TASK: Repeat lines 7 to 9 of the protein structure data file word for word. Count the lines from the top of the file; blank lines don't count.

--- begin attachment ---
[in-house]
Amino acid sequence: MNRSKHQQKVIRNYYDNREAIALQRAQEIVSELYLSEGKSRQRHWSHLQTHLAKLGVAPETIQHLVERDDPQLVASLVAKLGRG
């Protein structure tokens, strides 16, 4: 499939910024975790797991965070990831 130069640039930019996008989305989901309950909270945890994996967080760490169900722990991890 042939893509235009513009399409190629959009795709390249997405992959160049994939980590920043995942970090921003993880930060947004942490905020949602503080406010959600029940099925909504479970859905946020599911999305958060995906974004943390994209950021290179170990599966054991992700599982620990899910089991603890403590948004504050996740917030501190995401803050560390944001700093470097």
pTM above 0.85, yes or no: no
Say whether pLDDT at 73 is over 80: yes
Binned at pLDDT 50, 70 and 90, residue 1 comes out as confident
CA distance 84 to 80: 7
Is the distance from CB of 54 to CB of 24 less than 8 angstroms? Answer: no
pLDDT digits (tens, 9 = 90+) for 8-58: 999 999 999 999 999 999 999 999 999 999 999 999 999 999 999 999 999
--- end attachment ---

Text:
CA distance 84 to 80: 7
Is the distance from CB of 54 to CB of 24 less than 8 angstroms? Answer: no
pLDDT digits (tens, 9 = 90+) for 8-58: 999 999 999 999 999 999 999 999 999 999 999 999 999 999 999 999 999